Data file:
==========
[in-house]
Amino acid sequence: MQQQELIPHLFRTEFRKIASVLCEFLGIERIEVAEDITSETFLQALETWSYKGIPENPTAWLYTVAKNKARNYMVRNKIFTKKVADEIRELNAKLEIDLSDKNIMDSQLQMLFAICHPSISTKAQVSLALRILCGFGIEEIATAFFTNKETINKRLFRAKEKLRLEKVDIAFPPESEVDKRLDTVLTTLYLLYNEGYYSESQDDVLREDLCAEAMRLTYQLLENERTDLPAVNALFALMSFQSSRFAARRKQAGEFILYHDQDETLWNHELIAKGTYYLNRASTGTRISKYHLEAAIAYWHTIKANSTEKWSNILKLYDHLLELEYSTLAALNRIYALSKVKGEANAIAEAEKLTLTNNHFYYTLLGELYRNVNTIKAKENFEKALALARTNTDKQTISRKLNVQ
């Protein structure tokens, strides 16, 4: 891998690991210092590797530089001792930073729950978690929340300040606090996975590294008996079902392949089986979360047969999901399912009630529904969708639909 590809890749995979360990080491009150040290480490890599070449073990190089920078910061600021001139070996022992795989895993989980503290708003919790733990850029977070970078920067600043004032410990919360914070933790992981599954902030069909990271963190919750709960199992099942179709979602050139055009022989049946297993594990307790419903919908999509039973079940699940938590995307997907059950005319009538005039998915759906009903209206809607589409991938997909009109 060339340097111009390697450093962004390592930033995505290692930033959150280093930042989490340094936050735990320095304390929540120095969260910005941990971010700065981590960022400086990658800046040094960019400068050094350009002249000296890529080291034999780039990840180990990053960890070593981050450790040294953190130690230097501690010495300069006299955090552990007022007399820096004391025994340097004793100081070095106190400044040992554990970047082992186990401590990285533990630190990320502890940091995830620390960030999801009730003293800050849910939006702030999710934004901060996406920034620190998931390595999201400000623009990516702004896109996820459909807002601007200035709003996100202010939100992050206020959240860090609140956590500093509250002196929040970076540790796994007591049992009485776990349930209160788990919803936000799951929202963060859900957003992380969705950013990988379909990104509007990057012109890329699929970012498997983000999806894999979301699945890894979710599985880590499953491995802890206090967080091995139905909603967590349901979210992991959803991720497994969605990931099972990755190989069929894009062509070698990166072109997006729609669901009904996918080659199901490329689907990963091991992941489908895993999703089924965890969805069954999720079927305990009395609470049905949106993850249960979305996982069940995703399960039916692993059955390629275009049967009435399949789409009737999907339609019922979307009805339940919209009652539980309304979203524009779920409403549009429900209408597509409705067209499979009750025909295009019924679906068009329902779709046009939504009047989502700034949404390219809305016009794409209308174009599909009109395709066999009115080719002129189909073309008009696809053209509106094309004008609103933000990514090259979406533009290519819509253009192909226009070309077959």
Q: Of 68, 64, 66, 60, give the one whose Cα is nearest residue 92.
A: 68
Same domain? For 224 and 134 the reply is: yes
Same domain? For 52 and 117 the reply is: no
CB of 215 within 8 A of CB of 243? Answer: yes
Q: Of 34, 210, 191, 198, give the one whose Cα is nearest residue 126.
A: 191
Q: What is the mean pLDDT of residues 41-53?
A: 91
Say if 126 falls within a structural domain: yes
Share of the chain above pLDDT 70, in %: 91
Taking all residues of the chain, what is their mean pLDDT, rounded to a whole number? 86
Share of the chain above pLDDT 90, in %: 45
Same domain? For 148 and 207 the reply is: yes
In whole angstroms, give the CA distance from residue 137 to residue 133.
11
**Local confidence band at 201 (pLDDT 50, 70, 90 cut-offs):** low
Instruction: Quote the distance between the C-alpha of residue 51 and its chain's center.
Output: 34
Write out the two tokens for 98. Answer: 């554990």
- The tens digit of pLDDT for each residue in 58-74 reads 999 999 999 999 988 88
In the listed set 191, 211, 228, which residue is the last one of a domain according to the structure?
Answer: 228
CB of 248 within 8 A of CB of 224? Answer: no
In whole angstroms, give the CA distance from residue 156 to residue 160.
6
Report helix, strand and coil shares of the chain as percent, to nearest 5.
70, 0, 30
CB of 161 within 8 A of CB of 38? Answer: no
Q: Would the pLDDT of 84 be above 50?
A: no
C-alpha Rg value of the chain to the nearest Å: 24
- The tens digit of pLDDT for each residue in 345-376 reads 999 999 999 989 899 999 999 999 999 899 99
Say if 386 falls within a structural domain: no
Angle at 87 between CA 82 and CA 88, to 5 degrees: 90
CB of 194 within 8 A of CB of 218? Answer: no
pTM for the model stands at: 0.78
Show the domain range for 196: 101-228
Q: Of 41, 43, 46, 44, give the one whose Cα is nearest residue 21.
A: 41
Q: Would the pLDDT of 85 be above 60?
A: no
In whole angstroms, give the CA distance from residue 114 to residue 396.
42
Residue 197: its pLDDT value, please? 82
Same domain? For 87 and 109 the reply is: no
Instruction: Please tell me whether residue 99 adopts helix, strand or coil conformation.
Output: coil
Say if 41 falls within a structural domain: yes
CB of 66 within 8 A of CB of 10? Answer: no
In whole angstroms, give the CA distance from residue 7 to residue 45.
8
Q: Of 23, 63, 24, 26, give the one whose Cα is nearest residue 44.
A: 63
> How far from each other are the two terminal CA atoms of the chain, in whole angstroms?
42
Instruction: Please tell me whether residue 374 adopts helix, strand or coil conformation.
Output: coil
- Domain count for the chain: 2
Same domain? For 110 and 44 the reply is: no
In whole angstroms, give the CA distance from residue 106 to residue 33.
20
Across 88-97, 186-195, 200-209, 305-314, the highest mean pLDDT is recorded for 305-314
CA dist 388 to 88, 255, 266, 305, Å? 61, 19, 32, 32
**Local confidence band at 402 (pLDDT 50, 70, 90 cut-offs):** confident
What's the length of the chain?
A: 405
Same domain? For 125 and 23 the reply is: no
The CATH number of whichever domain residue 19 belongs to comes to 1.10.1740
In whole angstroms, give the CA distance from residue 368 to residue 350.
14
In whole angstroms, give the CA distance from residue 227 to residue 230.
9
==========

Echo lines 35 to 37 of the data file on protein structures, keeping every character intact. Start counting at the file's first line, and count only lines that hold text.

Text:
C-alpha Rg value of the chain to the nearest Å: 24
- The tens digit of pLDDT for each residue in 345-376 reads 999 999 999 989 899 999 999 999 999 899 99
Say if 386 falls within a structural domain: no